Thursday, May 8, 2014

Foreign Occupation and Declaration of War

The following was written in April 2014, as part of a response to the Campaign for Liberty's 2012 survey questionnaire for candidates running for federal office.

10. Will you oppose using U.S. forces to occupy a foreign nation without a declaration of war?

     Yes, I will oppose using U.S. forces to occupy a foreign nation without a declaration of war. Although the War Powers Act authorizes the president to deploy limited numbers of troops for limited times, the president cannot authorize attacks or strikes without the approval of the American people through Congress, unless there is imminent danger to the United States.
     The U.S. military should primarily be focused on defending the American people rather than acting in a militant manner and spending as much on so-called defense as the next 15 to 20 nations combined. Our military and intelligence forces should not intervene in the domestic affairs (including elections) of national governments unless refraining from doing so enables such a government's official apparati to inflict imminent harm upon America, and upon law-abiding American people and agencies abroad.
     Although I will to promote diplomacy, trade, and peace with all nations, I do not believe that this should involve formal military alliances, as I believe that we should heed George Washington's advice avoiding entangling alliances with foreign nations. I will support efforts to end formal military alliances with all nations, and to end U.S. membership in the North Atlantic Treaty Organization.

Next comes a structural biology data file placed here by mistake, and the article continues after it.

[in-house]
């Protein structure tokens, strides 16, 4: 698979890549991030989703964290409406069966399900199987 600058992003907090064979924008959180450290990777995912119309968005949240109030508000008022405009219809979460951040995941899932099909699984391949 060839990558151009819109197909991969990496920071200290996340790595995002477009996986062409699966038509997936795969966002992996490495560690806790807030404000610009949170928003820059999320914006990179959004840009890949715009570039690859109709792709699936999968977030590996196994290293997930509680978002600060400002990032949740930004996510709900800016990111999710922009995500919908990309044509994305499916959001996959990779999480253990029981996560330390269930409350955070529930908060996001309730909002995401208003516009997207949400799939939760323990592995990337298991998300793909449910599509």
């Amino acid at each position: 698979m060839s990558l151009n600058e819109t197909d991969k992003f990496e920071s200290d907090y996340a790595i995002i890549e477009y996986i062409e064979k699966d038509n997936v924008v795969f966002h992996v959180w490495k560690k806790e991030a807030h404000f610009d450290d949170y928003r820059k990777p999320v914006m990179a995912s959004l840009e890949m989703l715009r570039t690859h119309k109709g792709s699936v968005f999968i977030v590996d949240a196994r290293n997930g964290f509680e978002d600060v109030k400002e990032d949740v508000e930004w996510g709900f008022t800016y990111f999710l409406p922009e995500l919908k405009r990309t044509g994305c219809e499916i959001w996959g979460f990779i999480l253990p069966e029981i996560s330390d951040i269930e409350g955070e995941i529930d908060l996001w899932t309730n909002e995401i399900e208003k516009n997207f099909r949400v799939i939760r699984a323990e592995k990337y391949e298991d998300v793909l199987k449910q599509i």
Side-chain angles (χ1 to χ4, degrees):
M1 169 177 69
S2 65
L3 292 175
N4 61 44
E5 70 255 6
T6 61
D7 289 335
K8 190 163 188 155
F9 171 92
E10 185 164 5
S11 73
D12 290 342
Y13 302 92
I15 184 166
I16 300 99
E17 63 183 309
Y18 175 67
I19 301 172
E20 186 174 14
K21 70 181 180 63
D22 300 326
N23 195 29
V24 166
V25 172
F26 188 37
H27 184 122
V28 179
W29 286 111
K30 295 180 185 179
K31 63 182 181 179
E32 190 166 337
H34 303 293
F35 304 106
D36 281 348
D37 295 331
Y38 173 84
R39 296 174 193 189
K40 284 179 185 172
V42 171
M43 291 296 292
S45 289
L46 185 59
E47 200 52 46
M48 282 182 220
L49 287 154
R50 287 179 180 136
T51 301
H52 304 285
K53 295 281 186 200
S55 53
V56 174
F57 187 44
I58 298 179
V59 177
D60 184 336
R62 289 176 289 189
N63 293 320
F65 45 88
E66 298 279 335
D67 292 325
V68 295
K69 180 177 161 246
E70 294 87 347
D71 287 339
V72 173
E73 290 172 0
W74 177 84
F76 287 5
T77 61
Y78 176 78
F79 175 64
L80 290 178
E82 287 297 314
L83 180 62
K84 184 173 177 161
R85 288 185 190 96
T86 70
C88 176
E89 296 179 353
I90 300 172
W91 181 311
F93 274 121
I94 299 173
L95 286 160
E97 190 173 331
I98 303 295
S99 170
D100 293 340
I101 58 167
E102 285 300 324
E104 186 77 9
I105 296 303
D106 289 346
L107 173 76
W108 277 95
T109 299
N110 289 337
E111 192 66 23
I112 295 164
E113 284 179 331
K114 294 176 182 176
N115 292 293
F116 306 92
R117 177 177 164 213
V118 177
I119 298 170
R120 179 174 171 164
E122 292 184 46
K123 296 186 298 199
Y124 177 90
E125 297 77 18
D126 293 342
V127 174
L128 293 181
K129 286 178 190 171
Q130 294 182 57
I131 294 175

I believe that our membership in N.A.T.O. - and our close relationships with the State of Israel and Saudi Arabia – only increase the chance of the United States fighting in more wars without congressional approval, and of the U.S. being expected by the international community to fight other nations' battles for them. This only diminishes the independence and military strength of such nations, while allowing them to fund their governments while the U.S. bears much of the costs of their protection.
     I will vote to cut foreign aid completely, but until that time, any foreign aid budget the federal government maintains should not reflect the kind of favoritism towards particular governments and peoples which has been suggested by the recent trends of vastly disproportionate disbursements to Israel and Egypt (which combined contain just over one percent of the world's population).
     Additionally, the U.S. military should not use drone planes to spy in other countries (either to collect information or to attack enemies of the United States) without the approval of Congress and without the authorization of the nation within whose borders and air space the use of such drones occurs.

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